Thursday, April 14, 2016
Growing up, once I went beyond just enjoying movies to becoming more interested in understanding how other people saw movies, I'd still only read about ten reviews of any new film. I'd check out what my local paper had to say, then The Village Voice, The Boston Globe, and the big magazines like Newsweek and TIME. A few solid opinions, that's all I needed. It's all anyone should need, right?
Due to their publishing schedule, genre mags like Cinefantastique were never timely in their reviews but I actually liked that better in a way because by the time they ran their take on a film, it seemed as though it was coming from a more contemplative place, rather than just representing the knee jerk opinion of opening weekend.
Now, thanks to the internet, everything is just knee jerk opening weekend opinion. When a new movie comes out, especially if it's a movie that's perceived to be bad, everyone pig piles on it.
That's mainly what keeps me from writing about new movies now, especially if my opinion is more or less in line with the common consensus. How many times does anyone need to read the same thing, just phrased slightly differently? As a reader, I don't care and as a writer, is there any point in being the 8,986,420th person to tell the world that Batman v Superman: Dawn of Justice is a piece of shit?
Not a whole lot of value in that, right?
But listen...sometimes you just can't stop thinking about a movie. Sometimes in a good way, sometimes in a bad way. And, for me, Batman v Superman falls heavily into the latter camp. And while it doesn't say much about my overall quality as a person, I know I'm just not going to be happy until I rip it a new asshole (SPOILERS ahead).
First off, it's a terrible movie. Yes, we can say that everybody has their own take on the film, that everybody has a right to their own valid, individual opinions but, for fuck's sake, this movie is garbage.
(Reminder: MAJOR SPOILERS AHEAD!)
We all know that some movies are misunderstood upon their initial release and they become more appreciated in time but I just can't see that ever being the case here. I don't think the consensus is ever going to swing in BvS's favor where, like, a lot of people come around to thinking that this was not the dumpster fire that it appeared to be.
From what I've seen on message boards, the common knock that BvS fans make towards its detractors is that "oh, well, you're just a Marvel fan!" but I don't know how anyone who considers themselves to be a fan of DC would not be put off by the treatment these icons have received at Zack Snyder's hands.
What Snyder has done is like if Rob Zombie made an adaptation of the General Mills monster cereal mascots. If you can imagine what Zombie's take on Frankenberry and Count Chocula would be like, that's kind of what Snyder's Batman and Superman feels like to me. It's a movie no one in their right mind would ever ask for is what I'm saying.
Wonder Woman comes off the best simply because she's in it the least (and Ben Affleck manages a decent performance as Bruce/Batman, even as he's called upon to do some dumb, very un-Batman like things) but this movie does not do any of these characters any favors.
After watching Man of Steel, I felt that Snyder was someone who just fundamentally did not understand Superman, that he just couldn't wrap his head around either the hope the character embodies or the selfless heroism he practices, and that's proven ten fold by BvS. It's like watching Jack the Ripper try to direct a movie about Gandhi.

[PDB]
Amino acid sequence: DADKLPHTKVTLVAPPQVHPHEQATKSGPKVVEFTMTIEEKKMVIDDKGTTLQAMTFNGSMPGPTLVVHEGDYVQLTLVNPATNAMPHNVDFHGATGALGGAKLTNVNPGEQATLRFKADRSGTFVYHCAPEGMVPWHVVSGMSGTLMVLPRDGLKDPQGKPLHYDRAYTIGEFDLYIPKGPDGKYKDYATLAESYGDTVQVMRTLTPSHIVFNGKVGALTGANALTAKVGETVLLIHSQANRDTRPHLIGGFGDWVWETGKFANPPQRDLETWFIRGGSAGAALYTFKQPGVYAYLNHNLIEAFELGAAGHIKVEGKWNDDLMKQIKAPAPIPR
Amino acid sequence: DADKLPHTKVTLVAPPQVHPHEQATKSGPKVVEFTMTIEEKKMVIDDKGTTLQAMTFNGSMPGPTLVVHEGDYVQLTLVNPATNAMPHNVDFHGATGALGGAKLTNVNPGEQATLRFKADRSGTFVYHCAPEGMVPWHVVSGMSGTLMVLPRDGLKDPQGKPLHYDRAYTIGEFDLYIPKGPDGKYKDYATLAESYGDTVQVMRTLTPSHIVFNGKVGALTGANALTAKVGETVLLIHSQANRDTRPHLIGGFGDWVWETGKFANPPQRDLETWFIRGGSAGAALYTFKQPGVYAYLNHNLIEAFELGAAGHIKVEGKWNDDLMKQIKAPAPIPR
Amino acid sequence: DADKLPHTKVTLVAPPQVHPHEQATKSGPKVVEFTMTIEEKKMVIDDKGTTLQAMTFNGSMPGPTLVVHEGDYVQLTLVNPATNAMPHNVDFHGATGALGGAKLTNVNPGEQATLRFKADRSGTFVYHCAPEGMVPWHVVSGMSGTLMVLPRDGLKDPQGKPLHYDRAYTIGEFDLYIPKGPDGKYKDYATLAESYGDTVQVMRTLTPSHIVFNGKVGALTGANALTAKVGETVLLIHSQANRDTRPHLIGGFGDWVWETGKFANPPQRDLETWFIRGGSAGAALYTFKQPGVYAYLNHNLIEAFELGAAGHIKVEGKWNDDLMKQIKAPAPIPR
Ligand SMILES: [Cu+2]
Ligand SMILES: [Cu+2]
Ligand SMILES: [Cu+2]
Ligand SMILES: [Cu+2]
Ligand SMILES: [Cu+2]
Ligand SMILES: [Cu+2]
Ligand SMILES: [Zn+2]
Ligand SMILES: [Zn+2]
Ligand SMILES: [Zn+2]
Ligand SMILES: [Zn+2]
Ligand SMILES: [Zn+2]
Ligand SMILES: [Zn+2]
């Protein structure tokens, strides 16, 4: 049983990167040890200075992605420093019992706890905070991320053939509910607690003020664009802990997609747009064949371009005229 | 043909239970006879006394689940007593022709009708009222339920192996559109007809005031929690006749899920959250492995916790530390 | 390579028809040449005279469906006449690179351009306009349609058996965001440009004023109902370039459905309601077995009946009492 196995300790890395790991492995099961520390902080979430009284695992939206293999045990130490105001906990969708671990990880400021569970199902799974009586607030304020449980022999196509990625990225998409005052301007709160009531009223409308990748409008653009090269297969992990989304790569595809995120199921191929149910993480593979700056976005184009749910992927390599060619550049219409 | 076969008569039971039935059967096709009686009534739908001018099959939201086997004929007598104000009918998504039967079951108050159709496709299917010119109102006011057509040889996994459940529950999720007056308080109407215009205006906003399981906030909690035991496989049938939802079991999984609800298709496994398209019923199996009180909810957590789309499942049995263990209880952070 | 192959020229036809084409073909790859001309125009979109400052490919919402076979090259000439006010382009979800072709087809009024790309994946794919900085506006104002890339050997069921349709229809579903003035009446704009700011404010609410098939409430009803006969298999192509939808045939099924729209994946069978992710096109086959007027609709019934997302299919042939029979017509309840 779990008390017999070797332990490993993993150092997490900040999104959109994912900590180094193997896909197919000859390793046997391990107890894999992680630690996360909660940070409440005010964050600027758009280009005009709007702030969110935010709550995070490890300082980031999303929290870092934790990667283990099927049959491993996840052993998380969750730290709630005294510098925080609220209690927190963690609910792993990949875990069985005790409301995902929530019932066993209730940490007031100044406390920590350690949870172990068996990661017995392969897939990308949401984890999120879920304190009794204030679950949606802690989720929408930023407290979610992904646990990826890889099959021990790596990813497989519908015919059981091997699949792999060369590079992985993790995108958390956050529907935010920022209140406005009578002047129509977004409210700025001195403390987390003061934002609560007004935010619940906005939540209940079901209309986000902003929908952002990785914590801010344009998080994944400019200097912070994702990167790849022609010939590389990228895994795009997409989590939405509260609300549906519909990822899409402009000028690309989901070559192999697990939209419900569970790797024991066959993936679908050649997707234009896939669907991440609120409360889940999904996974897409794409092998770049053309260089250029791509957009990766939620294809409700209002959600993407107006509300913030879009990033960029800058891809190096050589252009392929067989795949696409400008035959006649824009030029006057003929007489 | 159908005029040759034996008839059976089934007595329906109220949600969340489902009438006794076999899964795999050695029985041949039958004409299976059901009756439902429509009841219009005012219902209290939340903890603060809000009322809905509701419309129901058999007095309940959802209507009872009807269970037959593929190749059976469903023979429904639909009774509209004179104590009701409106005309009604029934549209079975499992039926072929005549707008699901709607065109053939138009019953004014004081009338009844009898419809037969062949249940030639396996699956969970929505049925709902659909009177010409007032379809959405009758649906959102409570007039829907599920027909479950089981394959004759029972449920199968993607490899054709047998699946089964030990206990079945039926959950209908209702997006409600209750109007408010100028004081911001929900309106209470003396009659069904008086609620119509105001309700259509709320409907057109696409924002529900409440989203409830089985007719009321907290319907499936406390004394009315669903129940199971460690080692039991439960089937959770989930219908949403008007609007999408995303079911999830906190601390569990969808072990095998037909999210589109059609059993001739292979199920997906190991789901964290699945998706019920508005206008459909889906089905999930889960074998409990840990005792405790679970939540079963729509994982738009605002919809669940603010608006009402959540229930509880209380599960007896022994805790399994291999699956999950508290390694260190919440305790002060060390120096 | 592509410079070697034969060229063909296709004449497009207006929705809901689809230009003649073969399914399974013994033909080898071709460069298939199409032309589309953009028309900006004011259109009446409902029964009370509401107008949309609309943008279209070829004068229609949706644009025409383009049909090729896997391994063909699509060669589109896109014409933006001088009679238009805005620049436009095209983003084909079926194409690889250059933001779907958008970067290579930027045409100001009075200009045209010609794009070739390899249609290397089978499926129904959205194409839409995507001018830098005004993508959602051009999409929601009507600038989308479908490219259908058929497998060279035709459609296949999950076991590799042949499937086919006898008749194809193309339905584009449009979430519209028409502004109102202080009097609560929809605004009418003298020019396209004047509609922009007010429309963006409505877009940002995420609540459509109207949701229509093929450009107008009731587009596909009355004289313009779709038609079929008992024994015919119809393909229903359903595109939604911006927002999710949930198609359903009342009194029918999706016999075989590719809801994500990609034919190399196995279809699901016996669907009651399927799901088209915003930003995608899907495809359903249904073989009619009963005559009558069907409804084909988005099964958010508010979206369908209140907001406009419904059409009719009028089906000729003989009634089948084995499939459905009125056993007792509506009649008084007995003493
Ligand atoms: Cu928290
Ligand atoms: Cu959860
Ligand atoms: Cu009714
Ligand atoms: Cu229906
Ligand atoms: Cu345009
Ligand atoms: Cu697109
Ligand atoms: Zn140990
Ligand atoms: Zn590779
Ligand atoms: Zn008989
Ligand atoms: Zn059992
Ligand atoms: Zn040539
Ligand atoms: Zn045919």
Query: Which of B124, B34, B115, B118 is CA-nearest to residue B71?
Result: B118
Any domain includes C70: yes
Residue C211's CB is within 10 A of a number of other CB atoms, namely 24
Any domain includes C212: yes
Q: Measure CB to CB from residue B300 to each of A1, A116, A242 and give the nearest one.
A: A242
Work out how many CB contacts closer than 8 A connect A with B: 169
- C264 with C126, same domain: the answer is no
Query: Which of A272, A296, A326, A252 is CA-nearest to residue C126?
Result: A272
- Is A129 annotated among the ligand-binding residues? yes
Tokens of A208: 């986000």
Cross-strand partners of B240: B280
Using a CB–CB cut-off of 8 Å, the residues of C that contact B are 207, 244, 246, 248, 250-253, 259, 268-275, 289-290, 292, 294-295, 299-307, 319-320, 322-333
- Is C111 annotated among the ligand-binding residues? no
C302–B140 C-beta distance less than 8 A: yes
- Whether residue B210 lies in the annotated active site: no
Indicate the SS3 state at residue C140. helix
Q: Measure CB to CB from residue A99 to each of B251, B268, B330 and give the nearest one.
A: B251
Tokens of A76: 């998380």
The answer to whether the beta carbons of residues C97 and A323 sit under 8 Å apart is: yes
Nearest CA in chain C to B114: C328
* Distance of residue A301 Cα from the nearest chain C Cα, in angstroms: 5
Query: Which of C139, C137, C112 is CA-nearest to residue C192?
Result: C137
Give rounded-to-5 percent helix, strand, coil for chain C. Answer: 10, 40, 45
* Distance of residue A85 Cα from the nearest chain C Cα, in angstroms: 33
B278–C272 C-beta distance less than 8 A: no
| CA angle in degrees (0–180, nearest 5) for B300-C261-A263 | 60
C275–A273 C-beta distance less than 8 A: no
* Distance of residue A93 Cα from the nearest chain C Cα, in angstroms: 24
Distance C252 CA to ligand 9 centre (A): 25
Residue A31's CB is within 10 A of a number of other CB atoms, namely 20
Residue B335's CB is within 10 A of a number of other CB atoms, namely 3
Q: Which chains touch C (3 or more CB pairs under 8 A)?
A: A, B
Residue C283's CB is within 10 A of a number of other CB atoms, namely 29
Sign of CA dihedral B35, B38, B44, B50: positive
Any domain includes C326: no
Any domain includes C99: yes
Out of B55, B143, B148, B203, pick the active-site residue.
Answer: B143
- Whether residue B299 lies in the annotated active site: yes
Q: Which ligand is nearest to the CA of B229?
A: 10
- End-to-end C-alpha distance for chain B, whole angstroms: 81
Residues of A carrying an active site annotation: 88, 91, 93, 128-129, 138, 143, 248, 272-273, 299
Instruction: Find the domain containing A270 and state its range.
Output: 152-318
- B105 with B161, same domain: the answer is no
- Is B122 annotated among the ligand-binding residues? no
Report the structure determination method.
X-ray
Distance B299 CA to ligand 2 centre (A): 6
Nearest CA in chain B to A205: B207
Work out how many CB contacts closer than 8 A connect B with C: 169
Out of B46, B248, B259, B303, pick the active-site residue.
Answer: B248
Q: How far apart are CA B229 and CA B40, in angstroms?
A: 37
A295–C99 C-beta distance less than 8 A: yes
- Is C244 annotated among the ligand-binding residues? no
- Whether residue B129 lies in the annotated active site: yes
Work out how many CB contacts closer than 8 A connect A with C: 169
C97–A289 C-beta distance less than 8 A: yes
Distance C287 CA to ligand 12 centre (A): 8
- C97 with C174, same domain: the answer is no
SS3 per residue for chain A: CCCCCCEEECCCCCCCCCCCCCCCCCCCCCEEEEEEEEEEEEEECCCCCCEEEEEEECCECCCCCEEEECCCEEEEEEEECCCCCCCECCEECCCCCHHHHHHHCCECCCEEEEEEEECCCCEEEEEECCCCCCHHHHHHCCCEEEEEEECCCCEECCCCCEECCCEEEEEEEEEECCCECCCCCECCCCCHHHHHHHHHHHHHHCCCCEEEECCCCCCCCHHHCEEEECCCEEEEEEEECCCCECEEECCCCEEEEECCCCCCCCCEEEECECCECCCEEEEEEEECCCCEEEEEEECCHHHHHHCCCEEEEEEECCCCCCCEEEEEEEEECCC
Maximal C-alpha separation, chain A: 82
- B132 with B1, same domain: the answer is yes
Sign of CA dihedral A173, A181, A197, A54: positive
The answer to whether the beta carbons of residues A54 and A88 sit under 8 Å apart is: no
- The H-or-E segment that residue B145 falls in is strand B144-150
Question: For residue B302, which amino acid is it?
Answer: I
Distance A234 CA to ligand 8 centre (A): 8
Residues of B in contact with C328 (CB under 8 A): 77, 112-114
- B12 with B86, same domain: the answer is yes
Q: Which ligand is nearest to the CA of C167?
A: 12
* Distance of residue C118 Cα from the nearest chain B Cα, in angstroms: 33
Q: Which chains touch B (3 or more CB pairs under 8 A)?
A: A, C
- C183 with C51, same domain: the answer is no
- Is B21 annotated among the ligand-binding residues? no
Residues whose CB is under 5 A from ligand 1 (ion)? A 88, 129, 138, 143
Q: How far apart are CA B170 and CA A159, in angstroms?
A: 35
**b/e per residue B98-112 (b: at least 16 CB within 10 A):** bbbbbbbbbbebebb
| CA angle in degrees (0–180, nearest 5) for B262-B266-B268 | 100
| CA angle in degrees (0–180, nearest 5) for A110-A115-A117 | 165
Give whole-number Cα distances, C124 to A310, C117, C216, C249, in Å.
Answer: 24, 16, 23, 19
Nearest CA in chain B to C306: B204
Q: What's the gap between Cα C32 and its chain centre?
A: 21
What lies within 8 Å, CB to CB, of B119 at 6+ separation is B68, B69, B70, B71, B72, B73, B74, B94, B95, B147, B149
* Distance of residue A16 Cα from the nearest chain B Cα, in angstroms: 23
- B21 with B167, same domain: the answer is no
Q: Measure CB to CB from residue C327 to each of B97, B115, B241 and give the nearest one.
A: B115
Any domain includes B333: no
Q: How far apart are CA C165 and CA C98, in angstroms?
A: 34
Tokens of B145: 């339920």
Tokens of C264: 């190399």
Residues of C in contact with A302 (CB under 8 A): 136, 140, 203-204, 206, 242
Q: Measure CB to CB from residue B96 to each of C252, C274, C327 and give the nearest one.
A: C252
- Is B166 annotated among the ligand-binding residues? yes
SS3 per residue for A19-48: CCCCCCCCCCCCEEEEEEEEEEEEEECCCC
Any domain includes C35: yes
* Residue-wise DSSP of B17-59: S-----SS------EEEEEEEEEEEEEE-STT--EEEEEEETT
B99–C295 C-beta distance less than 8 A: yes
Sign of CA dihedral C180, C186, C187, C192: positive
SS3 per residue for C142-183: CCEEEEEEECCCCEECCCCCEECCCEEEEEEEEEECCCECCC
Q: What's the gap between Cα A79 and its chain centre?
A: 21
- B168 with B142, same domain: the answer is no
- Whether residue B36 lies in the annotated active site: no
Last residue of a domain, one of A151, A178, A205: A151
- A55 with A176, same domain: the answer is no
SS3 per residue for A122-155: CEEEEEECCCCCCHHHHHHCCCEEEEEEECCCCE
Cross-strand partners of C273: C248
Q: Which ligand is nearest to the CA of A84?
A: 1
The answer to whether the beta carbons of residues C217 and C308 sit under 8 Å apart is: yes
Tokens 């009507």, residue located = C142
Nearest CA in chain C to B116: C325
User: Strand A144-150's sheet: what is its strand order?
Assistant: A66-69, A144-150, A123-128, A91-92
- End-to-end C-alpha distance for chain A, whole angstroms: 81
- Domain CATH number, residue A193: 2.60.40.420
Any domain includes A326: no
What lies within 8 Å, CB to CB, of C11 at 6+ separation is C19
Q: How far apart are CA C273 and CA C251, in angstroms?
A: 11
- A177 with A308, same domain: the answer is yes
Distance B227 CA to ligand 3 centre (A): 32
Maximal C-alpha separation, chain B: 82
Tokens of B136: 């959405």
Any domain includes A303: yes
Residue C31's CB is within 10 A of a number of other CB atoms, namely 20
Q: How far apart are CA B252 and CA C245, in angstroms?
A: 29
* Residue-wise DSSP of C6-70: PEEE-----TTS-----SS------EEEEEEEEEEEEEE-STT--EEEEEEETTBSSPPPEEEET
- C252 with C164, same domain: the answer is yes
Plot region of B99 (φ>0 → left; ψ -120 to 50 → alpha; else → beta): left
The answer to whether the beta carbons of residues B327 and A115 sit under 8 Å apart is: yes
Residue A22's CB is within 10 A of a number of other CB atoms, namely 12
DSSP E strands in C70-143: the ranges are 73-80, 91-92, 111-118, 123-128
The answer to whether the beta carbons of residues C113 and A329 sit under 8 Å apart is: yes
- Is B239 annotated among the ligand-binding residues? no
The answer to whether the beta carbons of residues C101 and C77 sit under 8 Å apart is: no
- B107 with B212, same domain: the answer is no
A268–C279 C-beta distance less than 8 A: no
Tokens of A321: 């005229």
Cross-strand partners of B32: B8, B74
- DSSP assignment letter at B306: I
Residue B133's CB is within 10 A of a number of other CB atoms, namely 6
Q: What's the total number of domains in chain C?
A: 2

Now, some would say "But Superman sacrifices himself at the end! That's heroic! Come on, it's right there in the movie! Pay attention!" Yes, that is right. Superman does sacrifice himself in the fight against Doomsday. But here's the thing: it's not dramatically earned.
On just an internal logic level, the events of the climax don't hold together. We know Superman can't get near Kryptonite without losing his powers. Not only do we know this from decades' worth of stories but it's been demonstrated in the very film we're watching not more than ten minutes earlier. We see that Superman is completely useless near Kryptonite, to the point where he's just a sack of wet laundry.
But yet at the climax he picks up a spear with a big Kryptonite tip and not only flies at full speed across the length of two football fields to take on Doomsday but also still has the strength to ram the spear through Doomsday in a prolonged struggle. This is absolutely idiotic.
Especially as Wonder Woman, someone of near-equal strength to Superman, is RIGHT THERE. Literally, she's just an arm's length next to Superman. There's no reason why Superman couldn't have handed the spear to her so she could take on Doomsday. There's no reason that Superman has to do it himself other than for the filmmakers to take the easiest, most unearned route to staging his "heroic" death.
The really galling thing is that Superman still could've been killed during the course of the final battle by means of any number of plausible scenarios but to make that moment work, Snyder, screenwriter David Goyer, and co. would've have to have gone the extra mile creatively (and not even a mile, for God's sake - they just would've had to think about it for more than five freaking minutes).
Of course, that would've taken a little thought, a little extra work, and some respect for the audience. Much easier to just put that spear in Superman's hands, no matter how little sense it makes, and just have him get killed that way. So what we end up with is a "big" death that rings hollow because it comes across as exactly what it is - a pre-determined plot point that had to be met, come hell or highwater, with as little thought possible given as to how to get us there.